By Eric Tan
The Fare Review Committee has completed its findings and the most tangible take-away is that there is going to be single journey fare increases for buses and trains.
There were good recommendations, such as the introduction of monthly concessions for frequent travellers and low-income travellers. However, the committee did not recommend the amount of discount from the current single fare structure for the price of the monthly concessions. The committee also did not define the meaning of frequent travellers. Those who take at least two trips a day should be defined as frequent travellers. If this is done, we can judge the tangible economic benefits of the recommendations.
Singaporeans do not want a fare rise because the public transport service standards have dropped and cost of living in Singapore has gone up far too much. There is no need for the government to add fire to the cauldron.
Furthermore, when I examined the fare adjustment formula of the past few years, I noticed that it only took into account the operators’ cost increases but not revenue increases resulting from increased passenger traffic. Yes, there is a productivity extraction factor but it is not directly related to increased passenger traffic.
In the past eight years, Singapore had experienced an increase in population of over one and half million people and increased tourist traffic, resulting in overcrowded trains and buses. That’s bad news for commuters but good news for operators as their revenues and yields per trip go up. During this period, revenues went up with the increased ridership but these benefits were not passed down to the commuters in the form of fare reductions. This increase in revenues was not factored in the formula, which is used to review fare increases. They only looked at increases in wages and fuel costs of the operators. In other words, one can argue that if the revenue increased more than the increase in costs then we should not have had any fare increases in the past.
This brings us back to the root cause of the current tension between the commuters and the government. The current system poses a moral dilemma and conflict for the management of the operators as they, being leaders of government-owned companies, have to be sensitive to the public distaste for fare increases but their managerial objective is to maximise shareholder’s value. However, the government has always argued that the privatisation of the transport operators is still the better model, as experienced in other countries.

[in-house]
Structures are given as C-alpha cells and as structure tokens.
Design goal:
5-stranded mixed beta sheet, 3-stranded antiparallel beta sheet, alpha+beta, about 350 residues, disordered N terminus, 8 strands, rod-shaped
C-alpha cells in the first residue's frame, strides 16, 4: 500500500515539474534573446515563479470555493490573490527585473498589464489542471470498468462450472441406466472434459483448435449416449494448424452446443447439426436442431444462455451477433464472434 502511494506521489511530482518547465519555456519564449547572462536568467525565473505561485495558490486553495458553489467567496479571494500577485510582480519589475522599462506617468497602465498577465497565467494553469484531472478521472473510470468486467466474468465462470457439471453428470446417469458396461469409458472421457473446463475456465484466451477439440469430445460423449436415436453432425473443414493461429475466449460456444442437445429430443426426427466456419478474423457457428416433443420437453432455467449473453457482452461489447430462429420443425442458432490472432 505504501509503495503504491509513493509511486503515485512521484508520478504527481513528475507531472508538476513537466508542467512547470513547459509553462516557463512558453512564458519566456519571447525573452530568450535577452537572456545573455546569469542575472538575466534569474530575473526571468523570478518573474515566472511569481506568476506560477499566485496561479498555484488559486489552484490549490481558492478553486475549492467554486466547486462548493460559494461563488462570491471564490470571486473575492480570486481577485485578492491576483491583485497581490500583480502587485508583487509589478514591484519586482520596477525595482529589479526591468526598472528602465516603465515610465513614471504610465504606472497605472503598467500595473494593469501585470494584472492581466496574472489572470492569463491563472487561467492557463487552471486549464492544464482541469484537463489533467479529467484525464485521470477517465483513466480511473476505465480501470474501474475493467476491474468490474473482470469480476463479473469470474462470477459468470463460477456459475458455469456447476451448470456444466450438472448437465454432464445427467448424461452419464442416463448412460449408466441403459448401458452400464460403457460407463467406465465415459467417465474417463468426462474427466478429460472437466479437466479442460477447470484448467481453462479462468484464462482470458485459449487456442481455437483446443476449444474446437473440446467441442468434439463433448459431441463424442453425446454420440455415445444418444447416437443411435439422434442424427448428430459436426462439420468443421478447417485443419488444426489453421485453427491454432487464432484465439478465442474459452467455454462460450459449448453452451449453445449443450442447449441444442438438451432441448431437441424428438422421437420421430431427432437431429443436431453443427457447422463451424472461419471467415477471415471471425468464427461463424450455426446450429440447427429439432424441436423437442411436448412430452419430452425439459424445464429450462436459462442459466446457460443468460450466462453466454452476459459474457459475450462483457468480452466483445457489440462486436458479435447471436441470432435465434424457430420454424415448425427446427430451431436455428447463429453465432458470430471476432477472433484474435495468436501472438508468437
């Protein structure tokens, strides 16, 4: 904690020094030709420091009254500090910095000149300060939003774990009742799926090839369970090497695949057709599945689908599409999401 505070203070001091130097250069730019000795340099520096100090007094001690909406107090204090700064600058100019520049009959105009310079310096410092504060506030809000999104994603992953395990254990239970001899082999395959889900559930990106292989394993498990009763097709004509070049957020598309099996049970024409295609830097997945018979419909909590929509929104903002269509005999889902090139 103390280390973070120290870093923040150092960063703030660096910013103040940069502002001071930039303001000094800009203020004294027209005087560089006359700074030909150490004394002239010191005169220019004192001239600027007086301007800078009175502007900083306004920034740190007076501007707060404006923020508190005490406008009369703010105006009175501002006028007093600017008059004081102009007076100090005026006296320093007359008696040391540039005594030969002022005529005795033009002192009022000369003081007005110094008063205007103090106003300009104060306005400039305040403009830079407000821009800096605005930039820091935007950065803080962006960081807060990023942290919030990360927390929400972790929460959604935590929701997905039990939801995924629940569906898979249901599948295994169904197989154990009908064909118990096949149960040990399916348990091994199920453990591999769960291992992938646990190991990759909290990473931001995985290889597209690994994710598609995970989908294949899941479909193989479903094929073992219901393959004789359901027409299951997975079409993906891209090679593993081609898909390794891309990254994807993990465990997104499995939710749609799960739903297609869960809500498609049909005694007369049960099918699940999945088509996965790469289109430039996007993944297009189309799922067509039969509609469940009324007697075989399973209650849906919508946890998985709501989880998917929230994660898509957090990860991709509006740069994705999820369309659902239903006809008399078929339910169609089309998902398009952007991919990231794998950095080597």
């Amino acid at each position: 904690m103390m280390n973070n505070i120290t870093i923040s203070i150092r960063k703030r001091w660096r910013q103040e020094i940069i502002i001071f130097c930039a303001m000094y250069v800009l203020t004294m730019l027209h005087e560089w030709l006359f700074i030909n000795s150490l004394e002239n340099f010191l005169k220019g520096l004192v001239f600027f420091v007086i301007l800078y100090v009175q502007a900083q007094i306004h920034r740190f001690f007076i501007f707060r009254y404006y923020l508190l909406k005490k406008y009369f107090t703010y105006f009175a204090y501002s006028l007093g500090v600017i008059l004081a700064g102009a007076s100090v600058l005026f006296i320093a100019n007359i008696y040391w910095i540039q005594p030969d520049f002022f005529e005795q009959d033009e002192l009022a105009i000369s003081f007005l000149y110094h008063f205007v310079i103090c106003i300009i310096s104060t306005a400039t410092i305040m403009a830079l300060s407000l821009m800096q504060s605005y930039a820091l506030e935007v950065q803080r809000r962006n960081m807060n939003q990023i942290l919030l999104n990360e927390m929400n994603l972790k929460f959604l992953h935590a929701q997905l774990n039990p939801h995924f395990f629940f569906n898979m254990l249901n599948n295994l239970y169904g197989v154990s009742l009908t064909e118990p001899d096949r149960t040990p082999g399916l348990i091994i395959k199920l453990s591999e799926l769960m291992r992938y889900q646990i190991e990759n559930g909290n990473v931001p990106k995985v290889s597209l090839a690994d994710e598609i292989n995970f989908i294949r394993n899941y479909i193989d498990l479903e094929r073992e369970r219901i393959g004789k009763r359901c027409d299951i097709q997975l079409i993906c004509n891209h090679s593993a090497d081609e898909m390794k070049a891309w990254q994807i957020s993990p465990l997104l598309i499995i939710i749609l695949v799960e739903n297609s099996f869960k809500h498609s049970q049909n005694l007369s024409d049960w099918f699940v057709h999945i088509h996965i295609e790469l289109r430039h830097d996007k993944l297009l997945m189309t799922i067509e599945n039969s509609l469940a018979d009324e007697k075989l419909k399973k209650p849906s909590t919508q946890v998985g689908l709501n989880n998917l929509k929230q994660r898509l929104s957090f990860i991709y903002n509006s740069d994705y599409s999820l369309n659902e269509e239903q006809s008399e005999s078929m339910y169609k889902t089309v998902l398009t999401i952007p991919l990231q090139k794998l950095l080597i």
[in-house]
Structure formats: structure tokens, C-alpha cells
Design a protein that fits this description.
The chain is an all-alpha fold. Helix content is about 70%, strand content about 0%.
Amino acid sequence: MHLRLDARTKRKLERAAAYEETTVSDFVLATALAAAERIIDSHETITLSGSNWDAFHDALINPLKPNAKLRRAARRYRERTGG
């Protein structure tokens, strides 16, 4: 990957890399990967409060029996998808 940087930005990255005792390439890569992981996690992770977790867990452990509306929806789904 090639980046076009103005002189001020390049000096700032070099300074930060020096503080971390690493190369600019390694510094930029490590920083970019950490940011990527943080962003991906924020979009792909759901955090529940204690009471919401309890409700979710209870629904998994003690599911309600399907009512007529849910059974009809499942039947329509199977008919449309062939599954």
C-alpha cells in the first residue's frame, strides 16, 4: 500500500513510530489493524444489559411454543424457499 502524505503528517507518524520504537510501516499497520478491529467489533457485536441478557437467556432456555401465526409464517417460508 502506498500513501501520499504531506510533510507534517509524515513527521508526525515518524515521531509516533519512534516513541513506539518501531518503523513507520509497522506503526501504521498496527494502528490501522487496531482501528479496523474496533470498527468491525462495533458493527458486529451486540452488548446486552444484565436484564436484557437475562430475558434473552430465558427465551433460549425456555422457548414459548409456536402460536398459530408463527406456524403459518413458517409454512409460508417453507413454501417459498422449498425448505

I believe that the privatisation would have worked well if the operators are not government-linked companies. Then the regulators can come down hard on the operators to ensure that their profits are minimised. In our case, the operators and regulators all report to the same ultimate authority, the government. Therein lies the conflict for the regulators as if the government culture is to maximise the profits of their listed companies then the regulators would be inclined to be less stringent on the operators.
Perhaps, the rise in the breakdown of train services in recent years is a reflection of the weakness of the current system. If the operators are purely private owned companies then perhaps the current system may work better as the regulators can come down hard on them.
I propose that we should nationalise public transportation; anyway we are already headed there with government indirectly subsidising the operators through the grants given to them for buying buses. This will allow the government and management of the MRT to focus on clearing away all the maintenance problems and upgrading the systems with the clear objective of establishing our MRT once again as the best in Asia, better than the Hong Kong MTR.
After this, we can consider different privatisation models. I like the idea of dividing up the lines to allow private operators to bid on the lowest cost basis to run the lines. The revenues from fares go to the government which would de couple the conflict which exists in the current system .The government would award the tender to the most competitive bid and pay the operators for running it. The profit margin for the operators is embedded in their tender to operate the lines on a most competitive cost basis. By slicing up the lines, it will allow SMEs to participate in the tender as the size of the operators need not be large.
Singapore’s public transport system faces serious problems and need serious solutions. The committee did not present serious solutions but then that may not have been their terms of reference.
Eric Tan was the treasurer of the Workers’ Party.